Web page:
As part of the competition, Perry was awarded with script advice from a leading UK screenwriting agency. He’s now shot a 14-minute proof-of-concept short film that will serve as a calling card for the feature film.
“We’ve got the support of the National Screen Institute and the Harold Greenberg Fund so now we just need to get Telefilm and the P.E.I. government on board. A challenging task,” he admits.
“Filmmakers on P.E.I. from my generation and younger have never had a tax credit to take advantage of. Maybe if we did, we’d have more traditional film and TV productions, that’s a given.”
Creative thinking to obtain funding
Harmony Wagner’s feature film Kooperman is a P.E.I. success story: the first feature film to be shot entirely on the island. She and producer Jason Rogerson won funding from Telefilm’s Micro-Budget Production Program.
Like Perry, she was experienced in making short films, but says getting a feature film funded in P.E.I. required some major creative thinking. She capitalized on the film’s comic book themes.
“I think what was exciting from [Telefilm’s] perspective is that we were looking at utilizing the whole comicon theme as a vehicle for getting Canadian films seen in alternate venues. We played at Hal-Con, we played at Animaritime, we played at the Calgary Comic and Entertainment Expo, the biggest in Western Canada,” she explains.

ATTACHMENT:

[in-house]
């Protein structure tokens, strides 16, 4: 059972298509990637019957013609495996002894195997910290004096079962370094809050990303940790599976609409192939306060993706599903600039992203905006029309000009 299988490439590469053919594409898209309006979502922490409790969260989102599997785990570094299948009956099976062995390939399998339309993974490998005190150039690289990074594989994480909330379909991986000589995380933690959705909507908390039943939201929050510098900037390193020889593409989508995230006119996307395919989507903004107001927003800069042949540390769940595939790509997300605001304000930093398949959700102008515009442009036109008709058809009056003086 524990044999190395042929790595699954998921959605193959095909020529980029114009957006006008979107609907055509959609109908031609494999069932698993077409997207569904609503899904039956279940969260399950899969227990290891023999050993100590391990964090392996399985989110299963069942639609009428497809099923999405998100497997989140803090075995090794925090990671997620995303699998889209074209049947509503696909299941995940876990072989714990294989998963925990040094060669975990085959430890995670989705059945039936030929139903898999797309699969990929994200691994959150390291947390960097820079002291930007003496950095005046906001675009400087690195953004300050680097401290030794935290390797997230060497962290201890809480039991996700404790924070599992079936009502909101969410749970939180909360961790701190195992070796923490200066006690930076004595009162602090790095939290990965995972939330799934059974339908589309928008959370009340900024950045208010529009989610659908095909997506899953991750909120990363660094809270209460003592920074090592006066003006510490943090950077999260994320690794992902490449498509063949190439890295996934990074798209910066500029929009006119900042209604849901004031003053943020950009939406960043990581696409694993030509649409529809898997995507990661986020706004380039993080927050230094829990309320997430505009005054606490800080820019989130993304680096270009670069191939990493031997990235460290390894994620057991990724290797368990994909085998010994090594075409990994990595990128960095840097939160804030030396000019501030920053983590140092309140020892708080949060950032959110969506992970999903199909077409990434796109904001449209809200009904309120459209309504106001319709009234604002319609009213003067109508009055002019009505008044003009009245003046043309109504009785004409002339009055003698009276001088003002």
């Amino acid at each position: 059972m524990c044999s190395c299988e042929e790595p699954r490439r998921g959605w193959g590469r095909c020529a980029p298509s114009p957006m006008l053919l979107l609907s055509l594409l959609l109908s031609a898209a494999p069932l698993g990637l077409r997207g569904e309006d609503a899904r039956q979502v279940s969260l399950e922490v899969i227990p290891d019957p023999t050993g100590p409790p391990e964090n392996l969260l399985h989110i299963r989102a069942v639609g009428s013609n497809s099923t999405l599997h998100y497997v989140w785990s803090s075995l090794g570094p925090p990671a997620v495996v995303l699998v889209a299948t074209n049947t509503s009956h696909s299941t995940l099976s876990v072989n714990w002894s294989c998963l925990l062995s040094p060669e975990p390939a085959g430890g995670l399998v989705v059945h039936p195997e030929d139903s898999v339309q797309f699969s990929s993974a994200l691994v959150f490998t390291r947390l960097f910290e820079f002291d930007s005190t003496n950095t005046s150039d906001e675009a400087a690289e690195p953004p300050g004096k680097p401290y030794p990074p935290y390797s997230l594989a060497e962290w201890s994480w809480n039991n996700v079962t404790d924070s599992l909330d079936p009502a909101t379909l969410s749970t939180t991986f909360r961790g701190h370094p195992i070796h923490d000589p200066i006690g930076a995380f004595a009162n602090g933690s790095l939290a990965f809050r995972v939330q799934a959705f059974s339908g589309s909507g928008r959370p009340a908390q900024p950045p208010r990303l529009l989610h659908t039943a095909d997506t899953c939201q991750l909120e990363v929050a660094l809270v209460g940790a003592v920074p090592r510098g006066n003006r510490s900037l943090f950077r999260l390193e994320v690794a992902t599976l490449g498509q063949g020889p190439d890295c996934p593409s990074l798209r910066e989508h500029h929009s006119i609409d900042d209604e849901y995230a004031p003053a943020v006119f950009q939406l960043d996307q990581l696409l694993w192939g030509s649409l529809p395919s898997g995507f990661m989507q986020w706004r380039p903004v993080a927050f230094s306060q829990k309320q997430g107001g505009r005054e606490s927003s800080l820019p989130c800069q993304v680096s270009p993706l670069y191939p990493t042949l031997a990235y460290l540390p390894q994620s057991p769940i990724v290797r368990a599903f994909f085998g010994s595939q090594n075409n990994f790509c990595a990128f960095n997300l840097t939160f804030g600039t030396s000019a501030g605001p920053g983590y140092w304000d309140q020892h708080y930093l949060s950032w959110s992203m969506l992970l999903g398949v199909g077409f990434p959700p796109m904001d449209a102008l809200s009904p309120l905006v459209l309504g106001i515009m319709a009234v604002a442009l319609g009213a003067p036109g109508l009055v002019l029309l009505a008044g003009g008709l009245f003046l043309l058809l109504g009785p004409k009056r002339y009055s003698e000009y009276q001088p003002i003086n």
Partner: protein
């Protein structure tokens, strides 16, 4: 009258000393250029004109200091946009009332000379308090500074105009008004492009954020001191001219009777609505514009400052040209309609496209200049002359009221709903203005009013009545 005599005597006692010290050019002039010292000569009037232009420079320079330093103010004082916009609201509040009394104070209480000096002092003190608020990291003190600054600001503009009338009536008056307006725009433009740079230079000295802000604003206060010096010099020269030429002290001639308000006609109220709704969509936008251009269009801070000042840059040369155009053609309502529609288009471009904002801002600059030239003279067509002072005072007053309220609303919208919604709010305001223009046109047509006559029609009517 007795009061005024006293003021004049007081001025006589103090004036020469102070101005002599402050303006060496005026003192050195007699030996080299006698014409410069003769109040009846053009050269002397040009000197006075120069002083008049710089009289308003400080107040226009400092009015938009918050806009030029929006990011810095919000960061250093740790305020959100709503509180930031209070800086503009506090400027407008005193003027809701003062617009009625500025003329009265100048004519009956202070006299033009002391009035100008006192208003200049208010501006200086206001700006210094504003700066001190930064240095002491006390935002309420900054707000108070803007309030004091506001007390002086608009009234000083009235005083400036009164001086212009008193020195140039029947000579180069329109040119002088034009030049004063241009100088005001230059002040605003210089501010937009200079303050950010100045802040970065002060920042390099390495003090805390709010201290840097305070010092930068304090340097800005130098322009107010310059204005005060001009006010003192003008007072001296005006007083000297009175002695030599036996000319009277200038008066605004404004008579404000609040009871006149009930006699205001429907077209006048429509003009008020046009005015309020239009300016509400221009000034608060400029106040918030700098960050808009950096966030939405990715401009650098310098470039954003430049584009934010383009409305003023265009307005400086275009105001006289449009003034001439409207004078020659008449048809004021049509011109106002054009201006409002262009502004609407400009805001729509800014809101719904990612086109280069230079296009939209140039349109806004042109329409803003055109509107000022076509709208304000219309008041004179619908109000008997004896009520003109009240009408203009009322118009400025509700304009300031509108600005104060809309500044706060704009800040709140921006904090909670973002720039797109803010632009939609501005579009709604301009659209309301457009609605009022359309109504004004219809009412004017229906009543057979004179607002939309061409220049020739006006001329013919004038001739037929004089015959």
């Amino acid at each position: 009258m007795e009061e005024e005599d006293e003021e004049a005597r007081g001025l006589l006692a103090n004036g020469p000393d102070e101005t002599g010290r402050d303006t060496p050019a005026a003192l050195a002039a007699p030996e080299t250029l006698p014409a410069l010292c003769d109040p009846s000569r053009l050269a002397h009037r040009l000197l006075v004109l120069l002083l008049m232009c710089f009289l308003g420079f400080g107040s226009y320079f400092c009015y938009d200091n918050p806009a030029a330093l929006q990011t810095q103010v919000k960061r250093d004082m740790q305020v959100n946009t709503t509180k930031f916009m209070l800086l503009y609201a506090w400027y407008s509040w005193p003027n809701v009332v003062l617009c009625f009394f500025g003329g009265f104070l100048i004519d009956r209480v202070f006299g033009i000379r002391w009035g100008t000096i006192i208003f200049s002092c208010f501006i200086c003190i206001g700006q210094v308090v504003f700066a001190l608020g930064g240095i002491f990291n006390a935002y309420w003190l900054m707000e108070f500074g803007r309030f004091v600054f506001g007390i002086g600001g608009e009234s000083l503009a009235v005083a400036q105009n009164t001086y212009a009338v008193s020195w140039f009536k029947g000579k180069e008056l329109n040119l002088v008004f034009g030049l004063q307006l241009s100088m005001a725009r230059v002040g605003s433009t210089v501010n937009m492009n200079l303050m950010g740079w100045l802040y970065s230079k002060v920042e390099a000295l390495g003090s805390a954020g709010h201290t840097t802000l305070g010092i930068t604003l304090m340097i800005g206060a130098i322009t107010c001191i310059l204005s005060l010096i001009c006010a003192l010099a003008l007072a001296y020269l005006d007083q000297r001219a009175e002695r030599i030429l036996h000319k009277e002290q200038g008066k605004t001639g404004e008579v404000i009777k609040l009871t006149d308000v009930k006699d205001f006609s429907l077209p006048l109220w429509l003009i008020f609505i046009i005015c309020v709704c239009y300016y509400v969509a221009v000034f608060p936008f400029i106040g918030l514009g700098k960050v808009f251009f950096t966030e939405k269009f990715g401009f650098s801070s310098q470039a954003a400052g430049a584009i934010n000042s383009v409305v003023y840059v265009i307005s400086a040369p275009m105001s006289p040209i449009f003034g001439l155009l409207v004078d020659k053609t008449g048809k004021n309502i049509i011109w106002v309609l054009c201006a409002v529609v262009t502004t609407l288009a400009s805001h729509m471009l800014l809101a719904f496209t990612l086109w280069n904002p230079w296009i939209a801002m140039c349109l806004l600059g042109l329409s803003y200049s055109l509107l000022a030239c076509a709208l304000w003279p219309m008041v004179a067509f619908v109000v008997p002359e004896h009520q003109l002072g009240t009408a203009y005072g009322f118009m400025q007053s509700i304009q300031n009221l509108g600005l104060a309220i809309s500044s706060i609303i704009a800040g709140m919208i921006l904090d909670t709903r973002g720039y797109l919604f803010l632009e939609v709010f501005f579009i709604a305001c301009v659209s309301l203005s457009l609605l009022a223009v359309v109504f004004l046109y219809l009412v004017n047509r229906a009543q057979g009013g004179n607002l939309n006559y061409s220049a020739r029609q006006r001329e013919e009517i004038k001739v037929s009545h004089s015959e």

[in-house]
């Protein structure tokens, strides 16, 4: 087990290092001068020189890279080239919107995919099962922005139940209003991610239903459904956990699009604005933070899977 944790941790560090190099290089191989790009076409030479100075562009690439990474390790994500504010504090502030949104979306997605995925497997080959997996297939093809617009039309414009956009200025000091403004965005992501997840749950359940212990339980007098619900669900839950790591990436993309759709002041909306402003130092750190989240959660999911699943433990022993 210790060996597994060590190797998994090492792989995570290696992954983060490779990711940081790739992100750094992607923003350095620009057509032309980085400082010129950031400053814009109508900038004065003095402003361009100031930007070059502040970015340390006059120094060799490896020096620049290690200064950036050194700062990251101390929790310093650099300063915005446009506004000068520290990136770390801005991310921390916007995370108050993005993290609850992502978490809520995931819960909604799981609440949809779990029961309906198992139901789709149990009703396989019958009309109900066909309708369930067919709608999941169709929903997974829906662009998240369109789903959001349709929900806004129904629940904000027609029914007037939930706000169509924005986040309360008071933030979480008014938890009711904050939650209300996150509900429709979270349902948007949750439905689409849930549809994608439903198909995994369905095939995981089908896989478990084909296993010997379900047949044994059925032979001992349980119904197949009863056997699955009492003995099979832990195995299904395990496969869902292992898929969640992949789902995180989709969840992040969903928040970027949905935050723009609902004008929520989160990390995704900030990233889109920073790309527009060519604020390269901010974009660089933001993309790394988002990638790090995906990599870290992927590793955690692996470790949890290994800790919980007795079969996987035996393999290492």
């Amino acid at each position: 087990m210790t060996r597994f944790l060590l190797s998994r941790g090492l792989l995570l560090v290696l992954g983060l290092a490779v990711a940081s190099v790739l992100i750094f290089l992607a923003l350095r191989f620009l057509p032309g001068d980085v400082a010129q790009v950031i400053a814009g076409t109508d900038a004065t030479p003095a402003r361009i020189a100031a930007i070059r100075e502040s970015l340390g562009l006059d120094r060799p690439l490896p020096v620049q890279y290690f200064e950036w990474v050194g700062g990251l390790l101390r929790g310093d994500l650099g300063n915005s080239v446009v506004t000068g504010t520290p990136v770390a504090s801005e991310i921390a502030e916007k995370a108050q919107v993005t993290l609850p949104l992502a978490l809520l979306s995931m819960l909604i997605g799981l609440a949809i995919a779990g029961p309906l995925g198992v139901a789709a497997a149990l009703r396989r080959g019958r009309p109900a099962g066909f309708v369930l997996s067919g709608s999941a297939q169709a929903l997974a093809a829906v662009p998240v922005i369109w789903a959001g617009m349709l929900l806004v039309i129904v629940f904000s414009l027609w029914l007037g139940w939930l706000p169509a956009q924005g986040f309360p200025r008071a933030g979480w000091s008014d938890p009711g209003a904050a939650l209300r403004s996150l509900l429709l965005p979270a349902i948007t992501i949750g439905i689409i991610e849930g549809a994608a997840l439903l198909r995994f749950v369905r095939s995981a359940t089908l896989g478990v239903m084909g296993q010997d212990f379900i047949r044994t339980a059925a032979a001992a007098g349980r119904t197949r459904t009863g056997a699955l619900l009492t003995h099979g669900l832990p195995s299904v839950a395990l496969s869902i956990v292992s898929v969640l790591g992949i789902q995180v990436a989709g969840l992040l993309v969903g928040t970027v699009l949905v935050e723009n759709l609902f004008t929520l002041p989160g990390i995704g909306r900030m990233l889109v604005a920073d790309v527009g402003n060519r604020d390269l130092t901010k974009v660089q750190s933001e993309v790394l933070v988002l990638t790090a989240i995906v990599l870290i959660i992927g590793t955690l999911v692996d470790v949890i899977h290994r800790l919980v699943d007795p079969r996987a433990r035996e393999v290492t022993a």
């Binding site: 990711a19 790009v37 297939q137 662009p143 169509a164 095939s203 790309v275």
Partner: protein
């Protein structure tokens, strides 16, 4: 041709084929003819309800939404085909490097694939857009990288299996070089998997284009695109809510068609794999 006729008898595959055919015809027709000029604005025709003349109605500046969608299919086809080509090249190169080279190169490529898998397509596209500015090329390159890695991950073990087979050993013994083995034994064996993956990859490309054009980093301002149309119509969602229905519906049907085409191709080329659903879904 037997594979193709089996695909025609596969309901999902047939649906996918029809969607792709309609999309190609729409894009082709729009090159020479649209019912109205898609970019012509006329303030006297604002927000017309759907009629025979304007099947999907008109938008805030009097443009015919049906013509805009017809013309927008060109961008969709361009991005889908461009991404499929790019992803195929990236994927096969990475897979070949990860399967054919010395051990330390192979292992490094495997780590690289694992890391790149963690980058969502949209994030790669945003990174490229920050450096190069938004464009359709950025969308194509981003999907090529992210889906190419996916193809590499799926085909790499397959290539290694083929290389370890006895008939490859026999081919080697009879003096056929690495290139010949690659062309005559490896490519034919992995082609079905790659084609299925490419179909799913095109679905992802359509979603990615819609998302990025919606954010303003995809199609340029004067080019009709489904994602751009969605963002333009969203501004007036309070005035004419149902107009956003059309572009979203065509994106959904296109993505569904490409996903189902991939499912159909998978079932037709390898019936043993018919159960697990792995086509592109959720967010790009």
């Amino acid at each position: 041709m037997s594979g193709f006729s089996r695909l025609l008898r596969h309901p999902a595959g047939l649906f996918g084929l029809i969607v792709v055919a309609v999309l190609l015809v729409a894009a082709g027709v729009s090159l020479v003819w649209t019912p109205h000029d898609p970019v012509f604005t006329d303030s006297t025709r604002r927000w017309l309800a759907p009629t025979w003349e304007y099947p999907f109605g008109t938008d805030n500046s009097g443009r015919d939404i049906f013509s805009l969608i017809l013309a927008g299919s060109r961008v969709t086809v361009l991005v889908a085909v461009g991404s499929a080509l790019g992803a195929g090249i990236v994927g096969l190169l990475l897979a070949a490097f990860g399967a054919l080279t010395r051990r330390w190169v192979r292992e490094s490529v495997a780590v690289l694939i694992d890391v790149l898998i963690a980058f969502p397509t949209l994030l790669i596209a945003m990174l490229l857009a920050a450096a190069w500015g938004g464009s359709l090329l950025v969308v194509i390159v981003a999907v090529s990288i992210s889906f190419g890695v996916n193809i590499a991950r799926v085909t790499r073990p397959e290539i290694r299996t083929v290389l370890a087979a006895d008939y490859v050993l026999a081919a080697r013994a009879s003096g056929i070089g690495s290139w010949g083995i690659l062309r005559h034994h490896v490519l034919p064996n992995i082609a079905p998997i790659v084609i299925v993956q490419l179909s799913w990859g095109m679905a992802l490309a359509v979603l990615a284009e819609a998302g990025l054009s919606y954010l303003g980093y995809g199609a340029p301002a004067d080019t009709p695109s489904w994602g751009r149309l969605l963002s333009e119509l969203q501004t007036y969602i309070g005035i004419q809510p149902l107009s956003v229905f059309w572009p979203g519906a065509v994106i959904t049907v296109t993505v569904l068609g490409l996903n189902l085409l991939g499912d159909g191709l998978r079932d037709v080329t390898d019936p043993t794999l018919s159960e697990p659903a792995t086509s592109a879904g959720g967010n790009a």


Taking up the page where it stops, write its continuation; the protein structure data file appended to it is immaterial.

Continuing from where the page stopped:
Turning to crowdfunding
But even with Telefilm’s support, it wasn’t enough. Wagner and Rogerson launched a Kickstarter campaign and raised $2,885 for production.
To finance distribution and promotion, they turned again to crowdfunding and launched the Kooperman on the Big Screen! campaign. They rented the Cineplex cinema theatre in Charlottetown and threw a fundraising screening once the film was completed. That event brought in $2,870 and gave the audience the rare chance to see homegrown content in a big theatre, according to Wagner.
“Here in Charlottetown, hardly any Canadian films come to our Cineplex because it’s such a limited space. The challenge is to get [your film] made, but also to get it seen. If you don’t have money, it’s really hard to get it into festivals and get it out there,” she says.
Wagner laments the lack of a provincial tax credit; no doubt it would have made creating Koopermanmuch easier.
Harmony Wagner on the set of Kooperman
“We’re all struggling to try to stay in P.E.I. and make this stuff here. Without having that 25% to be able to bring to the table, it’s so difficult to go out and get the bigger money you need to get on TV.”
But she says that she did what it takes to be a P.E.I. filmmaker and that meant wearing many hats.
“You take on everything. You’re moving furniture, you’re making sandwiches... Paying people is a priority. We pay people as much we can, but we try to make sure everyone has a good experience.”
Relying on each other
Jeremy Larter started out making web shorts with Adam Perry and hasn’t looked back. In 2012, he and fellow producer Geoff Reed created Just Passing Through, a wildly popular webseries released in 30-minute episodes on YouTube. Globe and Mail’s John Doyle even called it one of the top 10 Canadian TV shows of 2013—a major feat for a P.E.I.-based digital program.